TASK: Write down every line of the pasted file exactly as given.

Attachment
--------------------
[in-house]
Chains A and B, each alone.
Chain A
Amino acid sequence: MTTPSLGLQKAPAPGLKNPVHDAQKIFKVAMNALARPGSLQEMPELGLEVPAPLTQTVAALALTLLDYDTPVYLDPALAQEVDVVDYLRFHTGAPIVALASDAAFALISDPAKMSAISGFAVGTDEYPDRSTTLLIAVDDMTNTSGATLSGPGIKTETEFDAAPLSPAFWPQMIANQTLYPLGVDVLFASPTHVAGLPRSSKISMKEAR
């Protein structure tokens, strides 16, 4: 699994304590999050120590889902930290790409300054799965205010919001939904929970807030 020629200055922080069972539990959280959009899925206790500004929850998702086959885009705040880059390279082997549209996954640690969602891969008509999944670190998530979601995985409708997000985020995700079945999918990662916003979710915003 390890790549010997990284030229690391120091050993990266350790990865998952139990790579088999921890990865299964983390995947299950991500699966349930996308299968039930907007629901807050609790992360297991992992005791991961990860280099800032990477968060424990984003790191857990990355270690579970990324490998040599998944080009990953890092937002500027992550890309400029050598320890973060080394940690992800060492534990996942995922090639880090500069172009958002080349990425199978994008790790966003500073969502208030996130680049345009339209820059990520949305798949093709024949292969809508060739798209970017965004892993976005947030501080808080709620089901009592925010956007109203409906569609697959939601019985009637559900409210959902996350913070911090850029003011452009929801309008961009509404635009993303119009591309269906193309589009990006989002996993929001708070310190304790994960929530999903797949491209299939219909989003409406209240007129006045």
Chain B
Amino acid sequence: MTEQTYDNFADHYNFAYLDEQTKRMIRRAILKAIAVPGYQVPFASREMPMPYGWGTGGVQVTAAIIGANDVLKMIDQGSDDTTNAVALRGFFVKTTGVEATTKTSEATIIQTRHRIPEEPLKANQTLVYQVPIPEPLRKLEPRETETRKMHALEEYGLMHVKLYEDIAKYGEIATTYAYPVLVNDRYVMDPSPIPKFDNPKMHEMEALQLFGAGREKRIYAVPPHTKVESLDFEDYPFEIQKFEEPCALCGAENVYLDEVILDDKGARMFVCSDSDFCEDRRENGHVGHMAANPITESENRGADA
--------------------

[in-house]
Chains A and B, each alone.
Chain A
Amino acid sequence: MTTPSLGLQKAPAPGLKNPVHDAQKIFKVAMNALARPGSLQEMPELGLEVPAPLTQTVAALALTLLDYDTPVYLDPALAQEVDVVDYLRFHTGAPIVALASDAAFALISDPAKMSAISGFAVGTDEYPDRSTTLLIAVDDMTNTSGATLSGPGIKTETEFDAAPLSPAFWPQMIANQTLYPLGVDVLFASPTHVAGLPRSSKISMKEAR
């Protein structure tokens, strides 16, 4: 699994304590999050120590889902930290790409300054799965205010919001939904929970807030 020629200055922080069972539990959280959009899925206790500004929850998702086959885009705040880059390279082997549209996954640690969602891969008509999944670190998530979601995985409708997000985020995700079945999918990662916003979710915003 390890790549010997990284030229690391120091050993990266350790990865998952139990790579088999921890990865299964983390995947299950991500699966349930996308299968039930907007629901807050609790992360297991992992005791991961990860280099800032990477968060424990984003790191857990990355270690579970990324490998040599998944080009990953890092937002500027992550890309400029050598320890973060080394940690992800060492534990996942995922090639880090500069172009958002080349990425199978994008790790966003500073969502208030996130680049345009339209820059990520949305798949093709024949292969809508060739798209970017965004892993976005947030501080808080709620089901009592925010956007109203409906569609697959939601019985009637559900409210959902996350913070911090850029003011452009929801309008961009509404635009993303119009591309269906193309589009990006989002996993929001708070310190304790994960929530999903797949491209299939219909989003409406209240007129006045």
Chain B
Amino acid sequence: MTEQTYDNFADHYNFAYLDEQTKRMIRRAILKAIAVPGYQVPFASREMPMPYGWGTGGVQVTAAIIGANDVLKMIDQGSDDTTNAVALRGFFVKTTGVEATTKTSEATIIQTRHRIPEEPLKANQTLVYQVPIPEPLRKLEPRETETRKMHALEEYGLMHVKLYEDIAKYGEIATTYAYPVLVNDRYVMDPSPIPKFDNPKMHEMEALQLFGAGREKRIYAVPPHTKVESLDFEDYPFEIQKFEEPCALCGAENVYLDEVILDDKGARMFVCSDSDFCEDRRENGHVGHMAANPITESENRGADA